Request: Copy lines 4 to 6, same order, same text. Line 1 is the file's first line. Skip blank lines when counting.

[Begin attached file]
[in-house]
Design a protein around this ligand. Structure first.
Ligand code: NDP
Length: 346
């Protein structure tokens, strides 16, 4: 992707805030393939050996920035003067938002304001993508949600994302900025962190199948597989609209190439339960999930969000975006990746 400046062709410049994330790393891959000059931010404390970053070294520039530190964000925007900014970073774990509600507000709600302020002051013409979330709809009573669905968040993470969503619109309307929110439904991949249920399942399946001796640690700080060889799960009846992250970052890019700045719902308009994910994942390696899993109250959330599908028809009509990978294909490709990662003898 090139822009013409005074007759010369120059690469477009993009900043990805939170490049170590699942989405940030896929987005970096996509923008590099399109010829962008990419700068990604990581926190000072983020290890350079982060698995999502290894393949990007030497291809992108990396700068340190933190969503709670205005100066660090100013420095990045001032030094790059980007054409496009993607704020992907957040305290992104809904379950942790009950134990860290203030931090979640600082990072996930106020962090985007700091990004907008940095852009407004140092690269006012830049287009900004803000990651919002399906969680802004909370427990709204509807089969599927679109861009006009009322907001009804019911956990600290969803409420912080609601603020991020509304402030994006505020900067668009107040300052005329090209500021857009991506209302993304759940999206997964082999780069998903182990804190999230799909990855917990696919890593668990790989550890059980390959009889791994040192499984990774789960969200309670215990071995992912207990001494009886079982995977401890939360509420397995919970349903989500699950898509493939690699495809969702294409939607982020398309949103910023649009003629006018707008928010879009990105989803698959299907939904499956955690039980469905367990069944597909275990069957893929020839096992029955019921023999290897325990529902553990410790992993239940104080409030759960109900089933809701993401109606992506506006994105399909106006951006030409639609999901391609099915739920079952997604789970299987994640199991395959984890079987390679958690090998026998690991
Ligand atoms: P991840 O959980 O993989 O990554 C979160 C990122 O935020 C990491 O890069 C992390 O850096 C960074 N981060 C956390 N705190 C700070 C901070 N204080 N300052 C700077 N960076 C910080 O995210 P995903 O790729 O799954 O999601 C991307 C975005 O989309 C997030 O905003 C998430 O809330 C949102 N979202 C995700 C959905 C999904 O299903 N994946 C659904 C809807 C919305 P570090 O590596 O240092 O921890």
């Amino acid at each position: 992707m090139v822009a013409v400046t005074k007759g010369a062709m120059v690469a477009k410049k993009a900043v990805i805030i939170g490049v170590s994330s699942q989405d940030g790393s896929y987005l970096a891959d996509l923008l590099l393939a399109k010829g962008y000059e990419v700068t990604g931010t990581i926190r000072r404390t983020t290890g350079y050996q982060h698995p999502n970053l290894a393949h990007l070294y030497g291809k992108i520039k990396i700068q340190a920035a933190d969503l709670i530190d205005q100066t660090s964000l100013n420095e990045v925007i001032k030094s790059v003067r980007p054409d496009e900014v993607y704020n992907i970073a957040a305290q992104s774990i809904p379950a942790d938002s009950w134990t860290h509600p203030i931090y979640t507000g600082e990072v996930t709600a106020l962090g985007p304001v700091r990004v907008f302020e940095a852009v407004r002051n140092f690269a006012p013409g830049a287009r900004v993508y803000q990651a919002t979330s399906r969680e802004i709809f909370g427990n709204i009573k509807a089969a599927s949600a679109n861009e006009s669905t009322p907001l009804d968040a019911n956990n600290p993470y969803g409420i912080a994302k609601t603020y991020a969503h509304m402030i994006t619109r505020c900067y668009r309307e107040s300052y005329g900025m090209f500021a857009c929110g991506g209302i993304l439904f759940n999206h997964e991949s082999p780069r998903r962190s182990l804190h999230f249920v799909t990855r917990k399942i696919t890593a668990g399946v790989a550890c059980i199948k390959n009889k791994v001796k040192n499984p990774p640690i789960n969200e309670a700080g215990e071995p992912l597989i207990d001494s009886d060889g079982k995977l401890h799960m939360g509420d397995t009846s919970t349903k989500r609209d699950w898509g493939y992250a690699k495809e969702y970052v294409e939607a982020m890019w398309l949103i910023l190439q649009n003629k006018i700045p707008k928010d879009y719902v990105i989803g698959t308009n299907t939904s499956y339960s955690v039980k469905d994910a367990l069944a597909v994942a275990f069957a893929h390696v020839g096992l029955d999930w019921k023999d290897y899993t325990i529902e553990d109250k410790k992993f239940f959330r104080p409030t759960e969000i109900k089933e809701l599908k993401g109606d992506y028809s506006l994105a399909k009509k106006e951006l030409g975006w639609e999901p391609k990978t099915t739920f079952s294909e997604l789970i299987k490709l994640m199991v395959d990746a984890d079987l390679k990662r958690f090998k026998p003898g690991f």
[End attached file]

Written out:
Length: 346
């Protein structure tokens, strides 16, 4: 992707805030393939050996920035003067938002304001993508949600994302900025962190199948597989609209190439339960999930969000975006990746 400046062709410049994330790393891959000059931010404390970053070294520039530190964000925007900014970073774990509600507000709600302020002051013409979330709809009573669905968040993470969503619109309307929110439904991949249920399942399946001796640690700080060889799960009846992250970052890019700045719902308009994910994942390696899993109250959330599908028809009509990978294909490709990662003898 090139822009013409005074007759010369120059690469477009993009900043990805939170490049170590699942989405940030896929987005970096996509923008590099399109010829962008990419700068990604990581926190000072983020290890350079982060698995999502290894393949990007030497291809992108990396700068340190933190969503709670205005100066660090100013420095990045001032030094790059980007054409496009993607704020992907957040305290992104809904379950942790009950134990860290203030931090979640600082990072996930106020962090985007700091990004907008940095852009407004140092690269006012830049287009900004803000990651919002399906969680802004909370427990709204509807089969599927679109861009006009009322907001009804019911956990600290969803409420912080609601603020991020509304402030994006505020900067668009107040300052005329090209500021857009991506209302993304759940999206997964082999780069998903182990804190999230799909990855917990696919890593668990790989550890059980390959009889791994040192499984990774789960969200309670215990071995992912207990001494009886079982995977401890939360509420397995919970349903989500699950898509493939690699495809969702294409939607982020398309949103910023649009003629006018707008928010879009990105989803698959299907939904499956955690039980469905367990069944597909275990069957893929020839096992029955019921023999290897325990529902553990410790992993239940104080409030759960109900089933809701993401109606992506506006994105399909106006951006030409639609999901391609099915739920079952997604789970299987994640199991395959984890079987390679958690090998026998690991
Ligand atoms: P991840 O959980 O993989 O990554 C979160 C990122 O935020 C990491 O890069 C992390 O850096 C960074 N981060 C956390 N705190 C700070 C901070 N204080 N300052 C700077 N960076 C910080 O995210 P995903 O790729 O799954 O999601 C991307 C975005 O989309 C997030 O905003 C998430 O809330 C949102 N979202 C995700 C959905 C999904 O299903 N994946 C659904 C809807 C919305 P570090 O590596 O240092 O921890």